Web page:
Integrated Next Step Counseling (iNSC)

iNSC is a two-phase discussion opened with an invitation to explore experiences and intentionally framed as a process rather than a series or set of messages. Although steps are articulated to guide implementers through the iNSC process, the driving goal is to engage participants in a non-judgmental discussion of his or her experiences surrounding protection of sexual health. Because iNSC is used in busy clinical settings with time constraints, it is implemented by interventionists with diverse levels of training. Our use of iNSC in ATN110/113 is best represented as a facilitated discussion which arguably differs from counseling (e.g., mental health counseling or therapy). We use the term ‘counseling’ here and throughout, however, to maintain consistency with protocols and projects using iNSC.

iNSC is a process for having a conversation. It draws from the Information, Motivation, Behavioral Skills model [14] situated within a socio-ecological context [15]. The kinds of experiences youth have navigating sexual health can involve personal, inter-personal, social, community-based, structural (clinic, insurer, work) and/or policy related (access to insurance, protections and rights) factors. Strategies and goals emerging from iNSC discussions can similarly span these levels and those facilitating iNSC discussions should be prepared with active referrals and ability to help PrEP users to link to wrap-around services.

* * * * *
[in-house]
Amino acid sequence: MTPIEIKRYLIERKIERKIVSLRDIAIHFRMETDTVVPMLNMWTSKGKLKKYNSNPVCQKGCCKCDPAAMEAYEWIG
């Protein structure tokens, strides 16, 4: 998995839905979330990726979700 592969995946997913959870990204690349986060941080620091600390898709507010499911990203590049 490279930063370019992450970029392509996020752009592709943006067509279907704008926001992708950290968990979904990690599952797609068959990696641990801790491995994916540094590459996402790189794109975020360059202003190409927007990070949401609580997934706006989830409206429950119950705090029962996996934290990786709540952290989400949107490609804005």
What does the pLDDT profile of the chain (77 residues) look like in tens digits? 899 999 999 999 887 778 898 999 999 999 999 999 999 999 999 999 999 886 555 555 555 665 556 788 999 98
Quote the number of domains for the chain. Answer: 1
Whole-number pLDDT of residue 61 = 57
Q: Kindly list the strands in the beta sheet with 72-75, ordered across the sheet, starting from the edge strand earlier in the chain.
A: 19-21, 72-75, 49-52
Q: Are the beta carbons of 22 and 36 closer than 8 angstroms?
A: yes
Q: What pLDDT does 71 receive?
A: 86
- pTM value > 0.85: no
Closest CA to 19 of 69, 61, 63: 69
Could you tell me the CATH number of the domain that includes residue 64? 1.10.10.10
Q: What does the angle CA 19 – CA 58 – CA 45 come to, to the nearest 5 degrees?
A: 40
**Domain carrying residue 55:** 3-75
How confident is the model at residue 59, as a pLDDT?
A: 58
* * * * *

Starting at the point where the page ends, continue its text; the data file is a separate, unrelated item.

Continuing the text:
Features of iNSC

The iNSC discussion assumes that the client (used here to refer to generally to the person with whom the counselor is engaging) is the expert of his or her experiences, that experiences are influenced by multiple factors, that there are diverse pathways to adherence and engagement in sexual health that can be identified through exploration, and that facilitated exploration can lead to clients identifying their own needs and strategies. iNSC training emphasizes the importance of engaging in a genuine, as opposed to formulaic or predetermined, conversation framing the discussion around the specific context and needs of the client. Communication is intentionally neutral (non-judgmental), avoids telling clients what they must or should do, and draws on strengths, resources, and facilitators. Counselors do, however, influence the direction of the conversation moving through the steps detailed below with probing, questions and reflections.

Specific “Steps”